Rising ship insurance in the Red Sea causes US investors pain

Ship insurance - Rates Rising

Underwriters have been steeply raising premiums to US, UK, and Israeli firms due to risks.

Ship insurance companies have been hiking premiums by as much as 50 percent for US, UK, and Israeli firms sailing through the Red Sea due to the increased risks associated with those vessels in that region.

Some providers are avoiding that business due to Houthi targeting.

The increased ship insurance premiums and avoidance of business traveling through the Red Sea has to do with the chance that certain vessels could be targeted by Houthis from Yemen, according to sources cited in a Reuters report.

There has been a notable slowing in trade between Europe and Asia due to the attacks that have been made by the Houthis since November. Major world powers have been concerned by this trend, particularly considering the alignment between the Houthis and Iran. According to the Houthis, their actions are a statement of solidarity with Palestinians as the war between Israel and Hamas militants in Gaza continues.

Ship insurance - Rates Rising - ship in Red Sea

Cheaper ship insurance along a much longer route

Several companies have chosen to avoid the Red Sea and take a considerably longer route around Africa. That said, there remain some companies that have chosen to continue sailing their routes through the Red Sea.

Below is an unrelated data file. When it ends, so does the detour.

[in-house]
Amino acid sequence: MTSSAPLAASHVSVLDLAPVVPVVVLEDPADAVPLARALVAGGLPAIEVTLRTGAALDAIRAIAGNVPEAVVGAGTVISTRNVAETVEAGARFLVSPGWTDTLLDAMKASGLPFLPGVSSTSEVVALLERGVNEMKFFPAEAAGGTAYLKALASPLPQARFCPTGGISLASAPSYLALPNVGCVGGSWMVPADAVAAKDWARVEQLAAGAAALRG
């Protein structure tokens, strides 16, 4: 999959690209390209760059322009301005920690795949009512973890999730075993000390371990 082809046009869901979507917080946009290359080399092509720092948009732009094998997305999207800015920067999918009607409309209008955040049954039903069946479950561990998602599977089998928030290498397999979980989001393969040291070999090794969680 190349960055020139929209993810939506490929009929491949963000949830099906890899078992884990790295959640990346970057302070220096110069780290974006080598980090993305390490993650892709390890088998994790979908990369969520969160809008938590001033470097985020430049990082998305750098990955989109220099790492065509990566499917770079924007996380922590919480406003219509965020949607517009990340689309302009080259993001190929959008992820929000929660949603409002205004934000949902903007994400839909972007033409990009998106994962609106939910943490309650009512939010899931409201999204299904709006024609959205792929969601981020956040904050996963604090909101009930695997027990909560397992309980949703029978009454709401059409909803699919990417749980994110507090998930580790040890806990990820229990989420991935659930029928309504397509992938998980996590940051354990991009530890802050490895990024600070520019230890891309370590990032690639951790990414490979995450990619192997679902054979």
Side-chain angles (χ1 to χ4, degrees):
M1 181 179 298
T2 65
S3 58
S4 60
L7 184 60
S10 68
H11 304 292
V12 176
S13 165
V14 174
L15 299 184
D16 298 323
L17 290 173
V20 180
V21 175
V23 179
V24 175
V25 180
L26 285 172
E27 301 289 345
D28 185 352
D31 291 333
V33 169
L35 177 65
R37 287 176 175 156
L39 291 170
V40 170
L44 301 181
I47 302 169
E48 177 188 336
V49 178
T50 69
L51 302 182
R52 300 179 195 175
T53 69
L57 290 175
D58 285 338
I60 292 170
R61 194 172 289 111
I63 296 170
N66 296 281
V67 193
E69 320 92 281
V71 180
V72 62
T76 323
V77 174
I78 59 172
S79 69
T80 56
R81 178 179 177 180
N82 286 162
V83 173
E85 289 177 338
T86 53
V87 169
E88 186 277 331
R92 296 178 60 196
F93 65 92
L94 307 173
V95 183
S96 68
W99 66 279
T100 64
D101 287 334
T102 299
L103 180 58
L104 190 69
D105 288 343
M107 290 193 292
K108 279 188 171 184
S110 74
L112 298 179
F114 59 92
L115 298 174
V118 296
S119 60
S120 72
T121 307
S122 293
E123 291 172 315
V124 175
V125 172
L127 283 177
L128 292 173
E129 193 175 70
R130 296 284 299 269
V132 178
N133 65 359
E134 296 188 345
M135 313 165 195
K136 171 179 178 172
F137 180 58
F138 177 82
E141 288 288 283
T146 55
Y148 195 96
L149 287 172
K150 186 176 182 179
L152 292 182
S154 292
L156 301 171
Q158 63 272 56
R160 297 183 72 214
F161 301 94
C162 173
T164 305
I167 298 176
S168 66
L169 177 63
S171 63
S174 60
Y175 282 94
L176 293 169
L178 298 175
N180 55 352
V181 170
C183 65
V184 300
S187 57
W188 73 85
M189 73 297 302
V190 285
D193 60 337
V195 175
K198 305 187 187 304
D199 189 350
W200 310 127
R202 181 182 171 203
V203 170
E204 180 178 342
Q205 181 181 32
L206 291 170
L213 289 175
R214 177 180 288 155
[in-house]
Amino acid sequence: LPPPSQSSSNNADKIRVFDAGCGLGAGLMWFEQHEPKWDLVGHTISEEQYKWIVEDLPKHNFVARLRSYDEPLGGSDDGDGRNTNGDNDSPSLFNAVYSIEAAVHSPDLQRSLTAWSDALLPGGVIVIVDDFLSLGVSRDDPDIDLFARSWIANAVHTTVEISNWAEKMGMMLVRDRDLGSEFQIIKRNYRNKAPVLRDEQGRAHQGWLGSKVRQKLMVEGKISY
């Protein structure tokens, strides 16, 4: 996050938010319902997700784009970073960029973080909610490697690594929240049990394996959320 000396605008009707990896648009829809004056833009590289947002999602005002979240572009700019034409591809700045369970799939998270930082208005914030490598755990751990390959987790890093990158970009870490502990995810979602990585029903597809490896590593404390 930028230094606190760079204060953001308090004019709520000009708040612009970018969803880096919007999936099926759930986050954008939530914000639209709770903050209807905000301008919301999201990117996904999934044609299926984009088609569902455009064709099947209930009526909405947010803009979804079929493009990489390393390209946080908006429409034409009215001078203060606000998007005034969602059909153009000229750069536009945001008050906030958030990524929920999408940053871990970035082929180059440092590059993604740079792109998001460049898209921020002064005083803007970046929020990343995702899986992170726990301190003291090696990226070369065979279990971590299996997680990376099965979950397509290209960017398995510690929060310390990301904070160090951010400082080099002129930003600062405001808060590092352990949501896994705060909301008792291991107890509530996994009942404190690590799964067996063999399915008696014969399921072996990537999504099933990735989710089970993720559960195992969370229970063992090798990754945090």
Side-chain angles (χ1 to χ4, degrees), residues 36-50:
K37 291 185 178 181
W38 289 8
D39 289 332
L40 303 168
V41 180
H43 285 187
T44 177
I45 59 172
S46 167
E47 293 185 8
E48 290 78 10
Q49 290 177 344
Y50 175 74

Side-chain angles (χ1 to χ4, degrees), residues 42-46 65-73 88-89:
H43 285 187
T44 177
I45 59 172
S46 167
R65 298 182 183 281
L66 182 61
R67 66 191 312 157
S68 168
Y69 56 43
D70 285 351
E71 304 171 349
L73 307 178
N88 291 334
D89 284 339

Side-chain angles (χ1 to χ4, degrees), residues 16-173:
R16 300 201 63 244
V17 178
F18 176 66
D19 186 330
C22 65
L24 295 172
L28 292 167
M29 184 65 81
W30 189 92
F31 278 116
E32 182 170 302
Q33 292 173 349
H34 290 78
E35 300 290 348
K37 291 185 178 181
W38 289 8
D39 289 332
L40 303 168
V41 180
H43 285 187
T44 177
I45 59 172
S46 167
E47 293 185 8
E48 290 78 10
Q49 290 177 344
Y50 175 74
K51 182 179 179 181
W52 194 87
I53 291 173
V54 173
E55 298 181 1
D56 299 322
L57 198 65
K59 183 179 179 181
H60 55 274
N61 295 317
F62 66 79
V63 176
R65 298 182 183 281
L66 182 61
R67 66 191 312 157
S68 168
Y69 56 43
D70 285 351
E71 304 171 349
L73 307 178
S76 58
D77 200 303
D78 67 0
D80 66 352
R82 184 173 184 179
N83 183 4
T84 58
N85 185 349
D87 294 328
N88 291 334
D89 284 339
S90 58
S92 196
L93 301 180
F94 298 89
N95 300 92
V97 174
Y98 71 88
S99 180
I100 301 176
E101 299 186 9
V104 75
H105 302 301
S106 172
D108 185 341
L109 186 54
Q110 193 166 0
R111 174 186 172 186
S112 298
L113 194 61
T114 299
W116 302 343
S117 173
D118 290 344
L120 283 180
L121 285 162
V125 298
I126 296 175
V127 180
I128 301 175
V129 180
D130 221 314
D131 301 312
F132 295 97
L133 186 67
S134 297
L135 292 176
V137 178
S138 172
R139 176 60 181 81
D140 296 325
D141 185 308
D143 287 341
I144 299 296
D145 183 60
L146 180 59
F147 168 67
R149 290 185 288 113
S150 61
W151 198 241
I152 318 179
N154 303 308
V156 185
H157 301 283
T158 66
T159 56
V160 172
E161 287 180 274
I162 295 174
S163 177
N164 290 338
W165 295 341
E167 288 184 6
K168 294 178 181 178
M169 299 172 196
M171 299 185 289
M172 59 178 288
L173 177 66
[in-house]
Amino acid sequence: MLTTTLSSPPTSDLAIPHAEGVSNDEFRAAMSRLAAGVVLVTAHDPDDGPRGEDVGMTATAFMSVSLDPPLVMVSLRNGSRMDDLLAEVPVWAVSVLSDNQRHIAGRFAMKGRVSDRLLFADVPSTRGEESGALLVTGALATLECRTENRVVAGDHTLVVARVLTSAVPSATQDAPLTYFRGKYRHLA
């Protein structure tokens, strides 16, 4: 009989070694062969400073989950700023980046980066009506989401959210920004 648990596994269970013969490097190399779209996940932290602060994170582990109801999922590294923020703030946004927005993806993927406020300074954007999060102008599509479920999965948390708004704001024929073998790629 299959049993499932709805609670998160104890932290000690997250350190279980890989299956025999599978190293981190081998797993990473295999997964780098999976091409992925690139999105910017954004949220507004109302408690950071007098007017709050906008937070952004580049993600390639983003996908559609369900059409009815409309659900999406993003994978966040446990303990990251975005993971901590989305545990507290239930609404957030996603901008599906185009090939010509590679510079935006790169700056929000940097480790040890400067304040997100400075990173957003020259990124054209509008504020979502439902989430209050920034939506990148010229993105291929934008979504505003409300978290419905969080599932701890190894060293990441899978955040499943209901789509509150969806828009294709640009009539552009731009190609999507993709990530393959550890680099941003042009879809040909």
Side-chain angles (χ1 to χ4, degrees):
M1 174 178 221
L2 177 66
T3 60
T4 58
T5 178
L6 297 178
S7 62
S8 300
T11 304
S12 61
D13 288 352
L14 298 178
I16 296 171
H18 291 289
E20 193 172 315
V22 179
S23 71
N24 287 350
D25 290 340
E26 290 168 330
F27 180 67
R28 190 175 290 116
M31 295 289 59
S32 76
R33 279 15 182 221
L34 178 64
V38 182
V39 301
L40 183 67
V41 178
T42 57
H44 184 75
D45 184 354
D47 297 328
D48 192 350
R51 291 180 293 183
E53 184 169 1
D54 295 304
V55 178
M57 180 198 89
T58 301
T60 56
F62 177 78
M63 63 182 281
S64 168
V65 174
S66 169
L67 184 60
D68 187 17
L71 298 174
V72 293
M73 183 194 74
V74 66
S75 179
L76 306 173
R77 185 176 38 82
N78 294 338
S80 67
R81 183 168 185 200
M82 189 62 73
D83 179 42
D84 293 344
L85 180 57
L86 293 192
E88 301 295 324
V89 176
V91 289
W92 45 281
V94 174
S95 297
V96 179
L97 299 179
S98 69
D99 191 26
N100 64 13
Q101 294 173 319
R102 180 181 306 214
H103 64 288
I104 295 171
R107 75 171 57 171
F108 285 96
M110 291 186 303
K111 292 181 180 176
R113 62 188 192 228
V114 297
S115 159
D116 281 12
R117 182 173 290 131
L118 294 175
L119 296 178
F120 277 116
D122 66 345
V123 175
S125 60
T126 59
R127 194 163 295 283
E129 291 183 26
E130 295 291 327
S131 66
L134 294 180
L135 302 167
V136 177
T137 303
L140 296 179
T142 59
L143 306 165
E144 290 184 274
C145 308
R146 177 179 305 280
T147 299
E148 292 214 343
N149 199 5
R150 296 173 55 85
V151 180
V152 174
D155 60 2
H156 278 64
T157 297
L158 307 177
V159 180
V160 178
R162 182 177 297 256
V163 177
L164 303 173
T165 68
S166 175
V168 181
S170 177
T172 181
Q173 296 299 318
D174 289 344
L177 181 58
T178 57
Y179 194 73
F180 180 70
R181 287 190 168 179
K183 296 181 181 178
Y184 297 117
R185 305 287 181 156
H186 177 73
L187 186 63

Vessels with a connection to the United States, the United Kingdom, or Israel that continue to sail the Red Sea are now paying about 25 percent to 50 percent more for their coverage due to war risk than other ships traveling the same waters, said head of hull and marine liabilities David Smith from McGill and Partners.

Paying more than 50 percent higher

Two sources who have industry knowledge were cited in the Reuters report and stated that vessels connected with the US, UK or Israel could even end up paying over 50 percent more for war risk coverage on their ship insurance.

“The ships that have so far had problems, almost all of them have got some element of Israeli or U.S. or UK ownership in there somewhere,” explained broker Marsh global head of marine and cargo Marcus Baker.

According to Baker, there is “exclusionary language” being written for coverage of vessels linked with those nations.

“We are seeing this, but it’s not everywhere because there are certainly markets out there that are not putting that language on,” said Baker.

Some ship insurance underwriters are avoiding selling coverage

The Reuter’s report’s two industry sources indicated that there are some insurers that are skipping covering businesses with that risk for the moment.

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